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We are carrying out a review of quality at Maple Cottage. We will publish a report when our review is complete. Find out more about our inspection reports.

Reports


Inspection carried out on 22 November 2017

During a routine inspection

This comprehensive inspection took place on the 22 November 2017.

Maple Cottage is a residential care home that provides personal care and support for up to five people who have a learning disability and/or autistic spectrum disorder. People using the service live in a single house located within a residential community setting. People living in care homes receive accommodation and personal care and nursing or personal care as a single package under one contractual agreement. CQC regulates both the premises and the care provided, and both were looked at during this inspection. At the time of our inspection there were four people living at the service.

At the last inspection, the service was rated Good. At this inspection, we found the service remained Good.

A Registered Manager was in post. A Registered Manager is a person who has registered with the Care Quality Commission to manage the service. Like registered providers, they are ‘registered persons’. Registered persons have legal responsibility for meeting the requirements in the Health and Social Care Act 2008 and associated Regulations about how the service is run.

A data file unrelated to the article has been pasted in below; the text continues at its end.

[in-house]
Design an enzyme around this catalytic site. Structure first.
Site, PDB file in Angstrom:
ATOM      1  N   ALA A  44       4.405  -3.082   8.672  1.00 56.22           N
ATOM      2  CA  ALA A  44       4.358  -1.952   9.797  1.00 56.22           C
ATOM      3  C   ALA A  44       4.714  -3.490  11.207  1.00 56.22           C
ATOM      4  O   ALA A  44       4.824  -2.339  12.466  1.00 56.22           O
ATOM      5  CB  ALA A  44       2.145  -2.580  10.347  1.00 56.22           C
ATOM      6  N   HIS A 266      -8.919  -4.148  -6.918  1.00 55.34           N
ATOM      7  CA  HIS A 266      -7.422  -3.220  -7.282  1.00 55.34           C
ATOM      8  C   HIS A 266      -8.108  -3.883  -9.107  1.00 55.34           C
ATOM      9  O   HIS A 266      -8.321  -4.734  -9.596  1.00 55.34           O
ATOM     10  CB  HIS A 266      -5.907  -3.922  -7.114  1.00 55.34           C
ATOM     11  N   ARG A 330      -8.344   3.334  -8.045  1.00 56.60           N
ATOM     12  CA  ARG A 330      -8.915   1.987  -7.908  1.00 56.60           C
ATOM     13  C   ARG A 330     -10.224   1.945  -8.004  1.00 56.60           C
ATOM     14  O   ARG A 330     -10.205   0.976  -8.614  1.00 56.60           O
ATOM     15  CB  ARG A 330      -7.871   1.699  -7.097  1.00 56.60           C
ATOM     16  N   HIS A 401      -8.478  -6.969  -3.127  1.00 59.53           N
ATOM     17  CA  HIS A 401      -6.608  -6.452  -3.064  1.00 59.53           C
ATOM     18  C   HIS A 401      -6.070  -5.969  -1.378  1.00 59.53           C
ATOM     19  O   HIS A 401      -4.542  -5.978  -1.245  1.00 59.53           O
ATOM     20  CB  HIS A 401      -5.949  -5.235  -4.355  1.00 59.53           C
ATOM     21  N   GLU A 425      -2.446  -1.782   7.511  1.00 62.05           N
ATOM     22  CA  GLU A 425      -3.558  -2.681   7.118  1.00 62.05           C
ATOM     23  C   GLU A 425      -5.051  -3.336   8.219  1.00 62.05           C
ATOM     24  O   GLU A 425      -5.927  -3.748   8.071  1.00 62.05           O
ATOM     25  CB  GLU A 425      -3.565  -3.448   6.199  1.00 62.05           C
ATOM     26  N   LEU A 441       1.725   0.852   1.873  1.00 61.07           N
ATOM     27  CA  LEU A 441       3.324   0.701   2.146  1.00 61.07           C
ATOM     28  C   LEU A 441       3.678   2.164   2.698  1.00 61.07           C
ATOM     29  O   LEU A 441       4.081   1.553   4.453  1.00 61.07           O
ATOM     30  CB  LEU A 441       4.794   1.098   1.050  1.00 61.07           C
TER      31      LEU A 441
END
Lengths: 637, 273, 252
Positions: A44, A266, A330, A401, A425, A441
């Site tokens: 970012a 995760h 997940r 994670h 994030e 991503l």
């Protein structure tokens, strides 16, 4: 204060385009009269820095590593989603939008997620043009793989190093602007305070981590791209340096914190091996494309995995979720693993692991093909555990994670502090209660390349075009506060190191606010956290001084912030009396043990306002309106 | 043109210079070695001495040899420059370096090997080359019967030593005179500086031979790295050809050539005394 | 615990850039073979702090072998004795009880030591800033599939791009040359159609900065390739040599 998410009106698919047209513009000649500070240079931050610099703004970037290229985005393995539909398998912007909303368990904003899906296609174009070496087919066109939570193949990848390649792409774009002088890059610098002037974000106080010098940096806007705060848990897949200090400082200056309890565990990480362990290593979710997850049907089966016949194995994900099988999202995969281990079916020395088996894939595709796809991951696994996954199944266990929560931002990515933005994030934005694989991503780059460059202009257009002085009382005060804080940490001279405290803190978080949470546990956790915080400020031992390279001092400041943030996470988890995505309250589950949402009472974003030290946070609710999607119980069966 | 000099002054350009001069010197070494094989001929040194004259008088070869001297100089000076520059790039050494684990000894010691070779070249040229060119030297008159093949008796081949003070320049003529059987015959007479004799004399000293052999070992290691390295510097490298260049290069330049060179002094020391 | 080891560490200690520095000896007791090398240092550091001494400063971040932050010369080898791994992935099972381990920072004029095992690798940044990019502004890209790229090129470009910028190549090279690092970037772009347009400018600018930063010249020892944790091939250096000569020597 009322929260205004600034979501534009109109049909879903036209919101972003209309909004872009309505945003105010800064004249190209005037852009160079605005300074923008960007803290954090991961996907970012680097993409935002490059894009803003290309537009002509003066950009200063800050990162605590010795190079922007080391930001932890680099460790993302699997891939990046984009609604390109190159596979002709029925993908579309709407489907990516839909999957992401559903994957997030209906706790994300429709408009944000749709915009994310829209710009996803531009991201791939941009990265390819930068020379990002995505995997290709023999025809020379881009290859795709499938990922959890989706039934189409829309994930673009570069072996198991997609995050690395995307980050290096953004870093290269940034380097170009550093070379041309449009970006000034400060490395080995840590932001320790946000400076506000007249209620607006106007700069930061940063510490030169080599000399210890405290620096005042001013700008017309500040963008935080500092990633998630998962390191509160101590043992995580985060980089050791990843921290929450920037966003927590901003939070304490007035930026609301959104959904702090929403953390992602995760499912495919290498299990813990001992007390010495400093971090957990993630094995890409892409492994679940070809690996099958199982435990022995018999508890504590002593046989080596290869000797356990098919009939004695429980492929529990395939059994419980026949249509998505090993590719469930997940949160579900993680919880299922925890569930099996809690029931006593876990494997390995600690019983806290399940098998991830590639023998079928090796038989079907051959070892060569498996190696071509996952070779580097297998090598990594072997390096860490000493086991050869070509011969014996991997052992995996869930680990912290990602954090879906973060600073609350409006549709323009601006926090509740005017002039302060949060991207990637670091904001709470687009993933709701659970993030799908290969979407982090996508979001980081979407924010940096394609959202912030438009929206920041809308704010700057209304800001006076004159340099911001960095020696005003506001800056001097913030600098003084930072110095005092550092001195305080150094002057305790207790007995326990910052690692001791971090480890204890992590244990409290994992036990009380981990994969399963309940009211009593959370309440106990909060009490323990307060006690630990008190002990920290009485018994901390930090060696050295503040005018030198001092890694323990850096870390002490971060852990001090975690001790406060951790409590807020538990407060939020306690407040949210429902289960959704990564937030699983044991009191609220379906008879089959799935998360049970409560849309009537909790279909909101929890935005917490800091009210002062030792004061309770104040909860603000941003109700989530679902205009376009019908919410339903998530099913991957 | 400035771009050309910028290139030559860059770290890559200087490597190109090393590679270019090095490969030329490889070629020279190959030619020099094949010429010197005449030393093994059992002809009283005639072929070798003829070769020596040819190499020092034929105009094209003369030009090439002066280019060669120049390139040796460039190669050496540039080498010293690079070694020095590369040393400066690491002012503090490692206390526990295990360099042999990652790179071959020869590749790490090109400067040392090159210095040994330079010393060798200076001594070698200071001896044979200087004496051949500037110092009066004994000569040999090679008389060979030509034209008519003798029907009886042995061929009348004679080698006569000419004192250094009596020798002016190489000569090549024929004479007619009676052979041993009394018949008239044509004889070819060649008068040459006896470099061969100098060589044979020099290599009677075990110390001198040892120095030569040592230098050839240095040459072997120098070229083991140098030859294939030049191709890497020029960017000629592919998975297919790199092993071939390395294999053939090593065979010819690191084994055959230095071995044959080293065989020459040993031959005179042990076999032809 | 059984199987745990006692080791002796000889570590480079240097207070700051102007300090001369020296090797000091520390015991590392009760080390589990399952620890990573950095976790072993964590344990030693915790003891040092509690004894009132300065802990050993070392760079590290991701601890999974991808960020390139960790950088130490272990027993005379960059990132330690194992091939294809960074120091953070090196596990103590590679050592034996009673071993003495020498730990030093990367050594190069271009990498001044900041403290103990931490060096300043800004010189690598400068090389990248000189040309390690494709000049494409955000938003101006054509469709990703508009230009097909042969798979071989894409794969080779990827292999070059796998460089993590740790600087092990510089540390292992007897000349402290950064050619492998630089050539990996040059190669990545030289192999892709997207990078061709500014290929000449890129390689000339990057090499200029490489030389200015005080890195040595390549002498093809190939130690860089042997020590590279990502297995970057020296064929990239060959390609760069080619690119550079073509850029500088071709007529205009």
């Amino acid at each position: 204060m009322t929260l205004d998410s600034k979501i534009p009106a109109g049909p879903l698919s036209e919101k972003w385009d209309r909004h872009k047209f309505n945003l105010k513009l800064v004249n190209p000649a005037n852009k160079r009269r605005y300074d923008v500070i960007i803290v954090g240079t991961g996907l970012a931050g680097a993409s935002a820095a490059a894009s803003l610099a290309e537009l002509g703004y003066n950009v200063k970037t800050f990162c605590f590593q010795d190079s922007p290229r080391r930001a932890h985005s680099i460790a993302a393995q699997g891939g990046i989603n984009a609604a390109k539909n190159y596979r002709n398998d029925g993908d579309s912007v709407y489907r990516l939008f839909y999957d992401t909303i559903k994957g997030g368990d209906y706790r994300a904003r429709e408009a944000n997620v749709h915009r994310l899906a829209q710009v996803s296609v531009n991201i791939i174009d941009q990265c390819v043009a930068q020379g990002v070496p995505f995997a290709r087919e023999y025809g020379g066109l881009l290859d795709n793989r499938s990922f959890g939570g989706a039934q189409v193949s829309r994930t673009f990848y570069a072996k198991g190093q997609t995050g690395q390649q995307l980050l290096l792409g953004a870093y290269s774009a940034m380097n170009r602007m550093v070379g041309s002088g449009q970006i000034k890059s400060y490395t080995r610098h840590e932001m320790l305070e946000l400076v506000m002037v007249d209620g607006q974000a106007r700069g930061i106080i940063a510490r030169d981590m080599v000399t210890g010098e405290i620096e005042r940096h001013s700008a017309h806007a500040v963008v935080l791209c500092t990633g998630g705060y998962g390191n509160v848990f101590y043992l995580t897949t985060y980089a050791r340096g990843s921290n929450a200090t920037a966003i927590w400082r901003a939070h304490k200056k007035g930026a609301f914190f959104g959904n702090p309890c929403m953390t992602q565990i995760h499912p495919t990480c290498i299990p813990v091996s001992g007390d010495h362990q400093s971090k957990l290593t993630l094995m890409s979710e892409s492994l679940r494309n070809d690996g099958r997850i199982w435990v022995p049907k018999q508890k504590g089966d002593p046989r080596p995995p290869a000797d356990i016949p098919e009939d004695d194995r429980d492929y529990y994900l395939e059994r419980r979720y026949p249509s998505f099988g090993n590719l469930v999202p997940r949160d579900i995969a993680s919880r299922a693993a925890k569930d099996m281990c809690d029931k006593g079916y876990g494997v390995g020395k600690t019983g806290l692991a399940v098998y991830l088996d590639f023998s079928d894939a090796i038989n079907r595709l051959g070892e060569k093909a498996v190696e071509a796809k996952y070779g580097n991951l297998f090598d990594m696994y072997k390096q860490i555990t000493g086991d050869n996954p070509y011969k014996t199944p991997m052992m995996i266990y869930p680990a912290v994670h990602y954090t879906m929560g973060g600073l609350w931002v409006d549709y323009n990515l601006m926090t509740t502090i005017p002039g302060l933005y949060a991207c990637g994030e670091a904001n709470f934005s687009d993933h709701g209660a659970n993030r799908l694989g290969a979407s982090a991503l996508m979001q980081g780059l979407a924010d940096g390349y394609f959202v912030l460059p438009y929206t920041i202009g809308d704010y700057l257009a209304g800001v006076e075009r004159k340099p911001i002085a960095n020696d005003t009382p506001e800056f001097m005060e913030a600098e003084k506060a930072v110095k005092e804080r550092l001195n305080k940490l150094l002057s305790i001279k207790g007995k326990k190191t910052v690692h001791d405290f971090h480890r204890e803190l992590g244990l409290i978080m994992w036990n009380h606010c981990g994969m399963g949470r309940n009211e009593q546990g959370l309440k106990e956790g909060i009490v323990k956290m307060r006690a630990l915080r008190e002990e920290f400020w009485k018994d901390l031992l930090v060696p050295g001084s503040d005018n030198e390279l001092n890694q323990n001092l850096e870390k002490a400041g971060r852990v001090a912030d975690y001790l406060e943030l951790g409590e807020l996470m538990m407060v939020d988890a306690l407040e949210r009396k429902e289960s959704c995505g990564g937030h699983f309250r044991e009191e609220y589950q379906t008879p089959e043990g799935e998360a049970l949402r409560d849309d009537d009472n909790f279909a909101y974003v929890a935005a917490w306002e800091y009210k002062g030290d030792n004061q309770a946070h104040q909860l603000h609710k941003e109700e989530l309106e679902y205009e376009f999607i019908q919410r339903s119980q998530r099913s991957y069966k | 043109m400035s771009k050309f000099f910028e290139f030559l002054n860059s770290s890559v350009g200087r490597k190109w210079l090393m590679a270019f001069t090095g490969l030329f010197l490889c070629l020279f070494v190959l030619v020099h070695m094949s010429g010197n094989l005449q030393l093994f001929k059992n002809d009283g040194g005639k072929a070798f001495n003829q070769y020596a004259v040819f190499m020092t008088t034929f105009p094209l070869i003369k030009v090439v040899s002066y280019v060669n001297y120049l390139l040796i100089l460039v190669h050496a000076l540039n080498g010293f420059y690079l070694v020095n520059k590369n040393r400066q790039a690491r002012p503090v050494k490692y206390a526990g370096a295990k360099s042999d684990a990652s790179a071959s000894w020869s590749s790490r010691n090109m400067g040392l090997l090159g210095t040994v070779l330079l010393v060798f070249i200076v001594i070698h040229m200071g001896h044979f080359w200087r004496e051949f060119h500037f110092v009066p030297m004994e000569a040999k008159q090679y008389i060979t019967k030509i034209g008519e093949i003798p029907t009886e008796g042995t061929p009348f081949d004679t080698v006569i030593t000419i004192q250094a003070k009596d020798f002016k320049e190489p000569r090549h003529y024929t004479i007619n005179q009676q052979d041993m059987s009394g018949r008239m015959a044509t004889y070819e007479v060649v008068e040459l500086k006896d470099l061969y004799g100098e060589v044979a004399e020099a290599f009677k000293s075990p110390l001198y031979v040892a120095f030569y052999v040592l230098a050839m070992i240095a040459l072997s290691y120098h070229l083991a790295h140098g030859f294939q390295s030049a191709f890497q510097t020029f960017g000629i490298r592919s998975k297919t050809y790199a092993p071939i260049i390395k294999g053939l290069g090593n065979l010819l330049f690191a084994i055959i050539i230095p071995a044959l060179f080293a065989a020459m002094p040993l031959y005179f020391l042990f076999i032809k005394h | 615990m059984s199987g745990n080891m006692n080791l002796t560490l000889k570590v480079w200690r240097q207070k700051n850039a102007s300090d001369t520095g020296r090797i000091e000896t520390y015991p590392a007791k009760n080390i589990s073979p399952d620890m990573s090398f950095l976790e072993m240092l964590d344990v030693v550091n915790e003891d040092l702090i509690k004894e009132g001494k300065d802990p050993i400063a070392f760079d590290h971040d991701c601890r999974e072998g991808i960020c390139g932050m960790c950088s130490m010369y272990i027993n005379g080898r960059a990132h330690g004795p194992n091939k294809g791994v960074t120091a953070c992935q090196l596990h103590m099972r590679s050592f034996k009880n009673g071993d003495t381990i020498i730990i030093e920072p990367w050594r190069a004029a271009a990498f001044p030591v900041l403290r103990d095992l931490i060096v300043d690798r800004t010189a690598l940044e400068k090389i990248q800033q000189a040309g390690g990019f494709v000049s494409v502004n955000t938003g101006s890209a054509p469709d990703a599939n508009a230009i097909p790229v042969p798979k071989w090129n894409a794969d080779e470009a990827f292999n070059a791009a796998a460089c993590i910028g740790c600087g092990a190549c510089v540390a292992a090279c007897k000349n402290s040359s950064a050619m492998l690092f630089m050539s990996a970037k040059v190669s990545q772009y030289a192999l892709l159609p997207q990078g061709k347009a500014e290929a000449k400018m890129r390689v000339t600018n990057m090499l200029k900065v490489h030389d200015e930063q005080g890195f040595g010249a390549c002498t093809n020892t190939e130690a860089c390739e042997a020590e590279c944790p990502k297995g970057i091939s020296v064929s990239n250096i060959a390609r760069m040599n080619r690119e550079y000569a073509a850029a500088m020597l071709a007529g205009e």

The registered manager had clear aims and objectives for the service. There was ongoing work to embed the values of providing personalised care, promoting independence, choice, rights and empowerment. We saw that the registered manager and staff put these values into practice.

This service was provided in line with the values that underpin the ‘Registering the Right Support’ and other best practice guidance. These values include supporting people with choice, promotion of independence and inclusion. People with learning disabilities and autism using the service are supported to live as ordinary a life as any other citizen.

People were treated with dignity and respect and staff interacted with people in a kind, caring and sensitive manner. Staff demonstrated a good knowledge of their roles and responsibilities in recognising abuse and safeguarding procedures with steps they should take to protect people.

The registered manager had a system in place to ensure appropriate recruitment checks had been carried out before staff started working at the service. There were sufficient numbers of skilled, trained and qualified staff on duty. Staff told us that they felt well supported in their role and we saw that staff had received regular supervision and training relevant to the roles they were employed to perform.